Offensive line woes? Could it be?

I can't help but watch these games and feel that one of the major reasons why we pass more than run is due to the offensive line's inability to block.

Right now the average is 385 Pass to 276 rushing attempts so basically a 60/40 pass to rush ratio.

Let's try a 5 Why Analysis. In order to perform, you ask Why 5 times and you should have the root cause to the problem.

1) Why do the Saints pass more than they rush?
A) The Coaches call more pass plays than running plays.

2) Why do the Coaches call more pass plays than running plays?
A) They believe a pass play is a better option than a running play.

3) Why is a pass play a better option than a run play?
A) They need to gain bigger chunks of yardage in shorter period of time.

4) Why do they need to gain bigger chunks of yardage quickly?
A) They're trailing and trying to catch-up.

- - - - We can stop there since that answers the reason for the playcalling; however, just for fun let's go one more- - - - - - -

5) Why are they trailing and playing catch-up?
A) Too many turnovers leading to opponent scoring and lost socring opportunities for Saints.

- - - - - - - - - - - - - - End Five Why's - - - - - - - - - - - - - - -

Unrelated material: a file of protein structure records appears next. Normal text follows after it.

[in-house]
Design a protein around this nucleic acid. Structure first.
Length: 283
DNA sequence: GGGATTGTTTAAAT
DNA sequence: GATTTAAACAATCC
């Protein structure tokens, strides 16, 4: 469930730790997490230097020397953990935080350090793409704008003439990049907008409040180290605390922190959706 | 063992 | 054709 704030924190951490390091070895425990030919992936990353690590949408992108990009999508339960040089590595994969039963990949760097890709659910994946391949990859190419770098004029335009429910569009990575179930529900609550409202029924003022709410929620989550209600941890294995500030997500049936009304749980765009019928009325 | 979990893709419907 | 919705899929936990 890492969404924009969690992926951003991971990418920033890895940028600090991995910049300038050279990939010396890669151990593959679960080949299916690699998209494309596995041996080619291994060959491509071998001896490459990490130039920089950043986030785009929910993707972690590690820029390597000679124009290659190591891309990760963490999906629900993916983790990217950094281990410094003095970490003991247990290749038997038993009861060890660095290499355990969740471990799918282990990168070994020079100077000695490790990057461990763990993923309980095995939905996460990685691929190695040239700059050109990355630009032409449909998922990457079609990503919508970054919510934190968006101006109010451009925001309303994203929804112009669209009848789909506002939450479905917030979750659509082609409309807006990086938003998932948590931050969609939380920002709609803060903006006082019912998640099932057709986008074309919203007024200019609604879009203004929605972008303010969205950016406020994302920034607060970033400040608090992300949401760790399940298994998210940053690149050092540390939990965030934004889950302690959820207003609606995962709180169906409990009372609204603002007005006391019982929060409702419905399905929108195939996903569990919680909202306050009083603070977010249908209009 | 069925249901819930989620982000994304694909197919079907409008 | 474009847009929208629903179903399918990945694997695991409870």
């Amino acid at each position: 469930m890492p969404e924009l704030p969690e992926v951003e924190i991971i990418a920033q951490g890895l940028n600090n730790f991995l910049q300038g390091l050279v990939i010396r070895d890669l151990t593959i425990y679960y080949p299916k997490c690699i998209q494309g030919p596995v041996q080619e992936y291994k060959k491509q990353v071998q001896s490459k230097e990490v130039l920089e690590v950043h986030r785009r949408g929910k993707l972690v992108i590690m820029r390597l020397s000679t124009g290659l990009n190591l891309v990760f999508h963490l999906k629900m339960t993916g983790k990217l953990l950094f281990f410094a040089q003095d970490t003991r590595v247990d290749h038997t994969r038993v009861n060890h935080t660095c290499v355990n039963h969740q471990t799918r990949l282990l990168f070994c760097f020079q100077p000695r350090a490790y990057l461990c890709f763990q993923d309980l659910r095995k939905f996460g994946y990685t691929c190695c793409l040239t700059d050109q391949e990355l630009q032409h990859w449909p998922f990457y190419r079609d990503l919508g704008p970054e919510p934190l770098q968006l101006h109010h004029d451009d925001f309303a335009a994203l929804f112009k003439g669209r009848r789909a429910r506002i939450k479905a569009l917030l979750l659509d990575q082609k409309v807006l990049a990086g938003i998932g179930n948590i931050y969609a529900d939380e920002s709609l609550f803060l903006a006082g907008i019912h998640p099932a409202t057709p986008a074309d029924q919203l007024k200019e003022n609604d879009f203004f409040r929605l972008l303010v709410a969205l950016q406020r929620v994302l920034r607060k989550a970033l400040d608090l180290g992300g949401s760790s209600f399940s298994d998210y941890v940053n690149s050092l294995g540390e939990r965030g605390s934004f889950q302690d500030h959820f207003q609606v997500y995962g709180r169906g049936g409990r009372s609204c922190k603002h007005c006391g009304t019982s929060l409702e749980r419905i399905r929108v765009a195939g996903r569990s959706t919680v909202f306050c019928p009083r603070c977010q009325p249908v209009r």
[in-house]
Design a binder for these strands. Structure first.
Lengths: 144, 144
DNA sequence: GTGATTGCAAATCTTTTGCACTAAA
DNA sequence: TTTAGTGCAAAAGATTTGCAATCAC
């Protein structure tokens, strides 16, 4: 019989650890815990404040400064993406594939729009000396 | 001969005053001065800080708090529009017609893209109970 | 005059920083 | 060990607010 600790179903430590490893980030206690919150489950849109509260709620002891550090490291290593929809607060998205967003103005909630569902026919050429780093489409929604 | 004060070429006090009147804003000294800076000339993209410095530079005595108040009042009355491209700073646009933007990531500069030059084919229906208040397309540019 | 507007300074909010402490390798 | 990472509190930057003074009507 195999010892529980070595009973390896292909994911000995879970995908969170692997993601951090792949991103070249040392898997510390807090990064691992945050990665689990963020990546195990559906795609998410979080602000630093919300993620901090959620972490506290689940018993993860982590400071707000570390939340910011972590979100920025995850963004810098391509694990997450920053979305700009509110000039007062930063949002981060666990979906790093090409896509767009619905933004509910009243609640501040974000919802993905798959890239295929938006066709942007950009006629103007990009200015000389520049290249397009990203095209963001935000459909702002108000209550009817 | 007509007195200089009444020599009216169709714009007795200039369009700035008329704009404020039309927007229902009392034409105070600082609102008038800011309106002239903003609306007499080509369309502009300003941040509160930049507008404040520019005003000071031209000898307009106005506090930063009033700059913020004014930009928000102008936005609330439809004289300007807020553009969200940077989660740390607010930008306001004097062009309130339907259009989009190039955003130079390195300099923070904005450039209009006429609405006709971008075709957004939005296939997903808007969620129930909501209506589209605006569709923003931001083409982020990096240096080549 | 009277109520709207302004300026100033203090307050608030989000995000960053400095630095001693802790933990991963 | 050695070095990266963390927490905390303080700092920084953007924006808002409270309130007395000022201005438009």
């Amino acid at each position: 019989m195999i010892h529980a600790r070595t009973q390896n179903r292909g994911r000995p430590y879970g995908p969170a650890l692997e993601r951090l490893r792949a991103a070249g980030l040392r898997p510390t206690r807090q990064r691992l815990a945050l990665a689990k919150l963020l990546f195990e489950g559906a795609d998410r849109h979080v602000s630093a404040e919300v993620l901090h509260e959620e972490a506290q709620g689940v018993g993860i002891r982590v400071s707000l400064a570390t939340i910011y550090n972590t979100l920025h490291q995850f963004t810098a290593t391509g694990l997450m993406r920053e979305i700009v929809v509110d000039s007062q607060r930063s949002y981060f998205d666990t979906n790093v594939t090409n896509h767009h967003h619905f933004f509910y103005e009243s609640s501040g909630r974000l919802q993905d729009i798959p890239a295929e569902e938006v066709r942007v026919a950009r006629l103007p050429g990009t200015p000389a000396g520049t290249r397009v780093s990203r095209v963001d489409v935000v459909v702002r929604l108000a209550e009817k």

So let's check and see if the answer to #4 makes sense.

When AHEAD Bress has passed 125 times for 907 yards and when behind 204 times for 1,764 yards so that makes sense.

You might also want to reconsider the whole Rush to Pass average and consider the bulk of Reggie's 61 receptions as a long handoffs. Why? Because his average reception is 6.7 yds/catch and his average Yards After Catch (YAC) is 6.2 yds/catch; in other words on average when he gets the ball he's only 1.5 feet in front of the line of scrimmage.

So if we move 50 of Reggie's receptions (~80%) to rushes, that would make the ratio 335 passes to 326 rushing attempts so basically a 50/50 pass to rush ratio.

Conclusion: The Offensive Line isn't limiting the play calling.